Living in the War: the Ukrainian Theatre Since the Russian Invasion

Hanna Veselovska*

Abstract

The article provides an overview of the artistic and organisational evolution of theatres in Ukraine after February 24, 2022, the date the country was invaded by Russia. The author outlines characteristic features of this evolution, e.g. the active participation of many theatre groups in the volunteer movement, their assistance to the Ukrainian army and internally displaced persons, as well as the use of theatre spaces as shelters where performances can be presented. The article focuses particularly on plays written by Ukrainian playwrights since the invasion, which reflect the horror, the shock and confusion experienced by the civilian population at the initial stage of the ensued all-out war. It also highlights significant changes that have occurred in the repertoire of Ukrainian theatres, in particular their refusal to use Russian works of all genres, including operas and ballets. In addition, a good deal of attention is paid to the fact that the repertoire has been replenished with new performances that analyze the phenomenon of war. These performances, the article concludes, could generate interest far beyond the Ukrainian borders.

Keywords: Ukraine, Russia, war, shelter theatres, repertoire changes

The Russian invasion of Ukraine has victimized the Ukrainian theatre doubly and perhaps even triply through the ongoing hostilities. The Ukrainian theatre has been losing its space, because its home, an artistic setting, is crumbling; it has been losing its creative potential, because its artists are being killed or scattered around the world; it has been deprived of the opportunity to communicate with the viewer, that is, to create art, which is a central means of preserving human civilization.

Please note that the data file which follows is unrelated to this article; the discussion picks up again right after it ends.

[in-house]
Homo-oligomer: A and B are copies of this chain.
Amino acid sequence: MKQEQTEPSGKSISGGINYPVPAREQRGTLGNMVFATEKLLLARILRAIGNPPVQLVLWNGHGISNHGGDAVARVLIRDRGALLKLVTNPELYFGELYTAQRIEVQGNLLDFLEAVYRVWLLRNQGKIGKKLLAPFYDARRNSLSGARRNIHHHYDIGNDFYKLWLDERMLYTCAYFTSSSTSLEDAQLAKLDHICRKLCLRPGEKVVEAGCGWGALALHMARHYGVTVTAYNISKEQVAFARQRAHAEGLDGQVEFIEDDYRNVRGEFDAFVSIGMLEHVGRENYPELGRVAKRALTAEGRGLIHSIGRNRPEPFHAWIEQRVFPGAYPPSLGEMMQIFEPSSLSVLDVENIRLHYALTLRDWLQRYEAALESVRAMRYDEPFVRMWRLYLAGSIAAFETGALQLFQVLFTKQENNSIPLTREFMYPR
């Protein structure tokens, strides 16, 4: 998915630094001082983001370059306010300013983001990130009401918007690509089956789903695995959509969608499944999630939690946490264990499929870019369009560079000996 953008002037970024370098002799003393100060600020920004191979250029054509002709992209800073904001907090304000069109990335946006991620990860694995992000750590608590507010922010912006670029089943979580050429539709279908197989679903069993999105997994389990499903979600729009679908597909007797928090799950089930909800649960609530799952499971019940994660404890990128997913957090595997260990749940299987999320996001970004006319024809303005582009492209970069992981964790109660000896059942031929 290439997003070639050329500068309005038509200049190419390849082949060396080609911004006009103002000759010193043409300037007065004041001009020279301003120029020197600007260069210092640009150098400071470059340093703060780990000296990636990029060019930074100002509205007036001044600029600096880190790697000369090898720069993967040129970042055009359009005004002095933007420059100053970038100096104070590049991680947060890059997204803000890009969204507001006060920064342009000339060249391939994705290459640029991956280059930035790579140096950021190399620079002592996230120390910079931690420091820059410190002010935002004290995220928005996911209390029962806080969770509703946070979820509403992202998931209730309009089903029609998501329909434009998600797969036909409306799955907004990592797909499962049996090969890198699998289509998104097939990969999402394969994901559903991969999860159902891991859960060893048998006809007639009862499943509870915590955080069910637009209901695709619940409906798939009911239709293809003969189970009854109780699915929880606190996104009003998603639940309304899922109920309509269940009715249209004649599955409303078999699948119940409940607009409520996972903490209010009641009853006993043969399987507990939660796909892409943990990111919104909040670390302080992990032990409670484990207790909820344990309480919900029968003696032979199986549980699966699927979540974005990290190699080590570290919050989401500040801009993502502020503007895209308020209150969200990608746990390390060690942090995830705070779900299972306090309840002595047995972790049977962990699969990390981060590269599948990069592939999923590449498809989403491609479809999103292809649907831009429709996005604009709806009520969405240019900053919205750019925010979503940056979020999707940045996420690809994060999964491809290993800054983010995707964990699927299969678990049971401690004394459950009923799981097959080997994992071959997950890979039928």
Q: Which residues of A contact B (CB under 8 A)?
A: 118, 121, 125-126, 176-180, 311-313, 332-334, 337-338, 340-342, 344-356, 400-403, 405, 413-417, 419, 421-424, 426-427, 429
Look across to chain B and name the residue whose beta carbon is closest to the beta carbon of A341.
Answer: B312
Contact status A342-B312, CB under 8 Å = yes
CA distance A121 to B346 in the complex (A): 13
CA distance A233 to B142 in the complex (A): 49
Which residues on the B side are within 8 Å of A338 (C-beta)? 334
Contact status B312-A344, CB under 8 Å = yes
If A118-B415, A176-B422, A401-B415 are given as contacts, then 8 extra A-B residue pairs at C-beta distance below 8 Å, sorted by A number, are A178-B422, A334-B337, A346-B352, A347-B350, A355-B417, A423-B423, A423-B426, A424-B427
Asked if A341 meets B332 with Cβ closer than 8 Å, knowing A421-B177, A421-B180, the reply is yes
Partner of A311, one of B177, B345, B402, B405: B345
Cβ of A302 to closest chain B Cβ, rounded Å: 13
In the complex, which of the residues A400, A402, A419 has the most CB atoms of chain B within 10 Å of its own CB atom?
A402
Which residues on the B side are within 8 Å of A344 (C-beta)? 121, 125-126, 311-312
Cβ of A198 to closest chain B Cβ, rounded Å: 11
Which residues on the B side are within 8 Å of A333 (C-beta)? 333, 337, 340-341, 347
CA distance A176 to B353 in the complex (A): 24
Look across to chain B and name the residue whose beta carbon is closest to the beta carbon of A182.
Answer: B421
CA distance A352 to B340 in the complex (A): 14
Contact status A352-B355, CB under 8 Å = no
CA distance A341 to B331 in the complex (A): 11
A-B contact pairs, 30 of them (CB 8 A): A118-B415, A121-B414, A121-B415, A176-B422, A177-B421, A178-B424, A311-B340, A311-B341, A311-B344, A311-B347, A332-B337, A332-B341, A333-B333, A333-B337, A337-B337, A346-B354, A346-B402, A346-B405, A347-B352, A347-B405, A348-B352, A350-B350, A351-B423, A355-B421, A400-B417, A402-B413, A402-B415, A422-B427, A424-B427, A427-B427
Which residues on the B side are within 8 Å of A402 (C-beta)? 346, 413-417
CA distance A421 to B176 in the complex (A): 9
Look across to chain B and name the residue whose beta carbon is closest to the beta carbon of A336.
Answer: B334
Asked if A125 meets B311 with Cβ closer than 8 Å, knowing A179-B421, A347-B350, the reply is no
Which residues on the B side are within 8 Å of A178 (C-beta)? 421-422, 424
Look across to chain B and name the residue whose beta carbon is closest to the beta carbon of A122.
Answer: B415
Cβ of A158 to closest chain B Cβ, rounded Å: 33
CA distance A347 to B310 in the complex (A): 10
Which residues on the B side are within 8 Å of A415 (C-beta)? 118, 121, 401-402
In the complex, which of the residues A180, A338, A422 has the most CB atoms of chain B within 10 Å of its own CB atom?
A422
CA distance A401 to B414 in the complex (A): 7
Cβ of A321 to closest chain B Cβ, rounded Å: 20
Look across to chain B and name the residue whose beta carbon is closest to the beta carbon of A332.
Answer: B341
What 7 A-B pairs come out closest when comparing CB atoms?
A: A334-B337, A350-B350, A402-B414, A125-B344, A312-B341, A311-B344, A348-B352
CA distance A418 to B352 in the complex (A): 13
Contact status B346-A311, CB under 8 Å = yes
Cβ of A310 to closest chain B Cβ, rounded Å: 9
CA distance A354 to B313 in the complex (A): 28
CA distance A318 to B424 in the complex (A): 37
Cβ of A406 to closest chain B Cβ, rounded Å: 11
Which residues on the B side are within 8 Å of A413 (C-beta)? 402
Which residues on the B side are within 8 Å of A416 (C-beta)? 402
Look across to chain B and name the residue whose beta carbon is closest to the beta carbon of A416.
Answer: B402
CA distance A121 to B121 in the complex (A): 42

Immediately following the Russian invasion of February 24, 2022, all theatres in Ukraine, whose total number is estimated at 150 – including national, regional, municipal and private theatres – were forced to stop performances. The whole circulatory system of the theatre ceased to function, and, approaching what the enemy may have dreamed of for centuries, a total destruction of the Ukrainian theatre seemed imminent. 

Actors, directors and theatre technicians joined the territorial defence or the Armed Forces of Ukraine, or became engaged in volunteer activities, while many women fled the country or moved to safer regions inside Ukraine. Some theatres found themselves under Russian occupation (as was the case in Kherson), while others were under siege (as in Chernihiv).

The Volunteer Theatre and Shelter

Since late February 2022, the vast majority of Ukrainian theatres have been used as volunteer centres and shelters. Formerly serving as venues for performances, the theatres have been refashioned as settings where human pain and suffering are concentrated, and a huge effort has been made to ease the pain of civilians who are terrified by the war.